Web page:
The above then brings us to the point we are trying to make, and that is no matter how small they may happen to be, EVERY wire, circuit board trace, transistor, chip, capacitor, inductor, resistor, transformer... you name it... that has either a voltage developed across it (Electrostriction) or a current flowing through it (Magnetostriction) will physically move and/or vibrate to some small degree in response to all AC signal fluctuations it is exposed to. Of course, a DC voltage or current doesn't fluctuate, so those don't induce the effect. Conversely, AUDIO signals by their very nature are AC and do fluctuate, and it is in response to those fluctuations that the circuit components move about their rest positions ever so slightly. The effect becomes cumulative too, as each small part adds its own distortion artifacts BACK INTO the "whole," becoming part of we ultimately hear at the audio component's output.
In review of the above discussion, we find that whenever a given electronic part is forced to move physically in any way due to application of an electrical signal or otherwise, following Newton's third law of motion the effect reverses and now that same mechanically vibrating part becomes a small signal generator in return.
In fact, you can easily test the concept for yourself. Simply turn your amplifier on with the speakers connected and have a friend assist you. Place one of the speakers far enough away from the amplifier so that you can more easily hear any sounds that might emanate from it apart from any background noises. OK, the background noise we are most concerned about in this case is the sound of your friend lightly tapping on the metal cover of your amplifier, which he should do while at some distance away you place one ear very close to the speaker. Your friend may have to tap a little harder to generate the effect, but at some point he will be taping hard enough that you can hear a similar tapping sound coming directly from the speaker - as opposed to the sound traveling through the air and across the room to your ear.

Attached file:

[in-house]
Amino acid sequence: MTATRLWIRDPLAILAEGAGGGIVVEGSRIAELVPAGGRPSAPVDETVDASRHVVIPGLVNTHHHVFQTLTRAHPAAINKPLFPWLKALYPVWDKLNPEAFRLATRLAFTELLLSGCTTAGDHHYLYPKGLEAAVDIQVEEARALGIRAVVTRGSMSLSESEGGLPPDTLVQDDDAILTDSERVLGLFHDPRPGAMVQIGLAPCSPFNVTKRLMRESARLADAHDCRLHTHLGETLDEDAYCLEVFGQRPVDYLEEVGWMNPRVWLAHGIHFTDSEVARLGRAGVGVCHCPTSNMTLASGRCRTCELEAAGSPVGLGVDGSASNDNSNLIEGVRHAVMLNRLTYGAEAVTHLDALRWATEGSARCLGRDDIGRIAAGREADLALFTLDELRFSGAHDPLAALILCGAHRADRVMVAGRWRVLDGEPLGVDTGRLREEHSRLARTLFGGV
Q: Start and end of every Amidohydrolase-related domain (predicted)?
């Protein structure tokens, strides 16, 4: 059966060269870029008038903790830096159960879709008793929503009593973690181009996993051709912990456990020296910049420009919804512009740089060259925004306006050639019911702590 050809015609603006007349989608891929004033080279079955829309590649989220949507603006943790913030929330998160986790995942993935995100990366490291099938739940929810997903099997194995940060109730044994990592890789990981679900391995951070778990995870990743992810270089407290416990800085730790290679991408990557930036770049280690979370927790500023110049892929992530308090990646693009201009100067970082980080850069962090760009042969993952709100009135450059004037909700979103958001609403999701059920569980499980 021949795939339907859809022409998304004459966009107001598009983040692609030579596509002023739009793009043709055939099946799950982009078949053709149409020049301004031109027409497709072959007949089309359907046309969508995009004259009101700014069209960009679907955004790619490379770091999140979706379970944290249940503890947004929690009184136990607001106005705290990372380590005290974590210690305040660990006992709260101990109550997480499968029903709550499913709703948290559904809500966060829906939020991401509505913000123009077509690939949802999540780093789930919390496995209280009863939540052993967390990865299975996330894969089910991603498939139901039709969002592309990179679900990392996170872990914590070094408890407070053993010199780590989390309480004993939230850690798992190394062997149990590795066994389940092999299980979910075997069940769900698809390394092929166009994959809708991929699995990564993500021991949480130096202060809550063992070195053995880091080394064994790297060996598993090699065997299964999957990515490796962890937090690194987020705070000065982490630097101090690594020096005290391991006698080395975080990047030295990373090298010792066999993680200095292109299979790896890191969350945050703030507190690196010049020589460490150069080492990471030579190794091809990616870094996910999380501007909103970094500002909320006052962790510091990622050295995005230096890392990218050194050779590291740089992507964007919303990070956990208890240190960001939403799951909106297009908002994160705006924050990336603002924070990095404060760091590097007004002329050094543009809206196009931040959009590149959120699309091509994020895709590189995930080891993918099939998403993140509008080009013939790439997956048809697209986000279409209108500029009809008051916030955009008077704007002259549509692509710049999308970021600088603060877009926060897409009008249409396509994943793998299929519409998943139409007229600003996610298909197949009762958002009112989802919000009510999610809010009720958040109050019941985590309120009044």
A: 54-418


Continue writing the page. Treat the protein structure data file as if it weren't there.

That effect is direct evidence of Electrostrictive and Magnetostrictive forces we are discussing at work within the very circuitry of your amplifier and other components. Although the effects of these forces are extremely small when compared to the levels produced in the above experiment, they are still present to some degree at the output of virtually any audio component. That said, they are adding their own contribution and reduce the potential performance of the affected component to at least some small degree.
In light of all the above it should be clear by now that not only is every electrical part, wire and contact moving in response to the applied alternating voltages and currents they are exposed to within a given audio component, but simultaneously those same parts & pieces become small "signal generators" in their own right and thereby inject new signals into the circuitry that were never there before, and consequently... were never a part of the original source recording. Nevertheless, at the same time they ARE related in some very complex way (both harmonically and as sum/difference inter-modulation products) to the desired audio signal that initiated the whole process. Therefore, these artifacts will sound vaguely similar to the audio signal that gives rise to them, just like the tapping sound coming from the speaker resembles the physical sound of your friend's hand tapping on the cover of your amplifier in the experiment suggested above,
Nevertheless, taking into consideration so many parts, wires. connectors and even circuit board traces comprising the construction of even a modest audio device, one can well imagine that the spectral content constituting the cumulative sum of all these little "distortion generators" would be nigh unto infinite complexity.